News TED Prize

Beautiful words of tolerance, captured in Chapel Hill shooting victim’s StoryCorps interview

yusor_storycorps_pic_0

Yusor Abu-Salha (right) embraces her former teacher, Sister Jabeen (left). This summer, the two participated in a StoryCorps interview. Photo: Courtesy of StoryCorps

On Tuesday, college students Yusor Abu-Salha, 21, her husband, Dean Barakat, 23, and her sister, Razan Abu-Salha, 19, were shot and killed in Chapel Hill, North Carolina. The community is reeling from the news; thousands attended a vigil on the University of North Carolina campus last night, while on social media, the hashtag #MuslimLivesMatter has brought attention to the killings, which some believe to be motivated by the victims’ Muslim identity.

Last May, Yusor Abu-Salha stepped into a StoryCorps booth in Durham, North Carolina, for an interview with her former elementary school teacher, Sister Jabeen. What she says in the interview is both moving — and now devastating:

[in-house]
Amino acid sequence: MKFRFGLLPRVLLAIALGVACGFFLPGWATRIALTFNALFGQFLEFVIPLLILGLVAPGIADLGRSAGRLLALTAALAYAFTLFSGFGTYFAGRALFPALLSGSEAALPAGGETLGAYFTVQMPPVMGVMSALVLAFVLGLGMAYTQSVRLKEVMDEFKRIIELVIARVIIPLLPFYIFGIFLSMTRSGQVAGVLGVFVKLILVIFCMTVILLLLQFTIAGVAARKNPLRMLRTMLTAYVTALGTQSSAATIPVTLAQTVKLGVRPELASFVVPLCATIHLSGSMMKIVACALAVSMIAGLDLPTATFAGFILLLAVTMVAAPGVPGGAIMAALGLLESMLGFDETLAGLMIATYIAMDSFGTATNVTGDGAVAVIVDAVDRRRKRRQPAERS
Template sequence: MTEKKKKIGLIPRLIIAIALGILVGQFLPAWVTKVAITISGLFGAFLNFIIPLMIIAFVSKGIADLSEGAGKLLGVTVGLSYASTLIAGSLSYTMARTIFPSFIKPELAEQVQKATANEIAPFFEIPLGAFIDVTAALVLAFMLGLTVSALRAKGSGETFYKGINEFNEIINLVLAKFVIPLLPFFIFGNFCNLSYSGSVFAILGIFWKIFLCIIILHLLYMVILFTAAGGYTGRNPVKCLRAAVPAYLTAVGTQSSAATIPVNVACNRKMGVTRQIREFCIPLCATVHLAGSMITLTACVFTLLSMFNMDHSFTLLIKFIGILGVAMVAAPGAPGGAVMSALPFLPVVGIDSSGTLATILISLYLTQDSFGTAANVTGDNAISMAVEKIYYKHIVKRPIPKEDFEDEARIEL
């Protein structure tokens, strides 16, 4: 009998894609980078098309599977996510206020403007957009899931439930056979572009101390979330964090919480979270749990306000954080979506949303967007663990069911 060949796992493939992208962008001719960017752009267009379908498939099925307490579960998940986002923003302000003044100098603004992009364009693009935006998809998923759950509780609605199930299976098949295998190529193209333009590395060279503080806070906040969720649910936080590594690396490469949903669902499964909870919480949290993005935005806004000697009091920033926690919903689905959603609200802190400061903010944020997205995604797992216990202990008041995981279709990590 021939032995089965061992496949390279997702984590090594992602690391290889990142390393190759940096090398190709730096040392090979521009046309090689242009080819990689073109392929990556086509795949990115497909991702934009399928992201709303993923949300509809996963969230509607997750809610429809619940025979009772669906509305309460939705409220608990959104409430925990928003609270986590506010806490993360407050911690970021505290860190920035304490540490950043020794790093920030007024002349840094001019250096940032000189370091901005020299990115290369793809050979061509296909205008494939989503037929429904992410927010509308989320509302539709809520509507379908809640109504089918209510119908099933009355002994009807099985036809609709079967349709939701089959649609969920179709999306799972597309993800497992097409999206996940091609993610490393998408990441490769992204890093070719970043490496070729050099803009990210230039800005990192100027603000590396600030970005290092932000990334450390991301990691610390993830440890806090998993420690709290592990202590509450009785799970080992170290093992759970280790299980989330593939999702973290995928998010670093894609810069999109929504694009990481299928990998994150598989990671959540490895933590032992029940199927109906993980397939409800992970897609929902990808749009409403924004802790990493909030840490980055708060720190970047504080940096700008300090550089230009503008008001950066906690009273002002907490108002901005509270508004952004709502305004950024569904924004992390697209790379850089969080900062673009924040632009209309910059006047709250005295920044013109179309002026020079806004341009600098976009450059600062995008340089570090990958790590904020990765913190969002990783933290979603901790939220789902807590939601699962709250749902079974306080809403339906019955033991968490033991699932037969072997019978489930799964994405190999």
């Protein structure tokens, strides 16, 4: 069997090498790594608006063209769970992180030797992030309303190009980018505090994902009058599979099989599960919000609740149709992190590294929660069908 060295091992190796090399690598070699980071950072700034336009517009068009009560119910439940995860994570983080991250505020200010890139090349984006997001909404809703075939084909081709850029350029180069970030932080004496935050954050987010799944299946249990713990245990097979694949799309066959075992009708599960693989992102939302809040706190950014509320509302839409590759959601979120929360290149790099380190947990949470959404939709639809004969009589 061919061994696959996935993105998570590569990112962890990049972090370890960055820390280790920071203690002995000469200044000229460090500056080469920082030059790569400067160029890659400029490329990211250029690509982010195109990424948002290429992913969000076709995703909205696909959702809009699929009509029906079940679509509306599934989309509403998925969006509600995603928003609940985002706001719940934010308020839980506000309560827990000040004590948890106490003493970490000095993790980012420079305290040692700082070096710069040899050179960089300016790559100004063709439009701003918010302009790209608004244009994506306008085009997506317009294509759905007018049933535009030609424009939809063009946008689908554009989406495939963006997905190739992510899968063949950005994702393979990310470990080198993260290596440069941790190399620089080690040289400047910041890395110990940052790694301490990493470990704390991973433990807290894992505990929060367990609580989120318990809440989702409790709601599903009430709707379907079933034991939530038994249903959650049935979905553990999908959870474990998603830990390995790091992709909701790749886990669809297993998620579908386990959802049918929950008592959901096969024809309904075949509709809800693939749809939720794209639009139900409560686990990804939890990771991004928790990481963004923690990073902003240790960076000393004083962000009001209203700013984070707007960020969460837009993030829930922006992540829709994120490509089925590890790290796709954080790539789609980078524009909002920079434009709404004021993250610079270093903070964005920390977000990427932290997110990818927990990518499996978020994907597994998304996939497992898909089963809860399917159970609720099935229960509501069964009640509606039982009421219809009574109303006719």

“Growing up in America has been such a blessing. And although in some ways I do stand out, such as the hijab I wear on my head — the head covering — there are still so many ways that I feel so embedded in the fabric that is, you know, our culture. And that’s the beautiful thing here, is that it doesn’t matter where you come from. There’s so many different people from so many different places — of different backgrounds and religions. But here we’re all one. One culture.”

Listen to the interview, which StoryCorps has just posted online along with a new interview of Sister Jabeen. And know that this is exactly why we selected Dave Isay, founder of our StoryCorps, as our 2015 TED Prize winner: because his platform creates a record of so many incredible, everyday experiences. StoryCorps interviews give us the opportunity to hear voices often excluded from mainstream media, and to really understand each other’s experiences.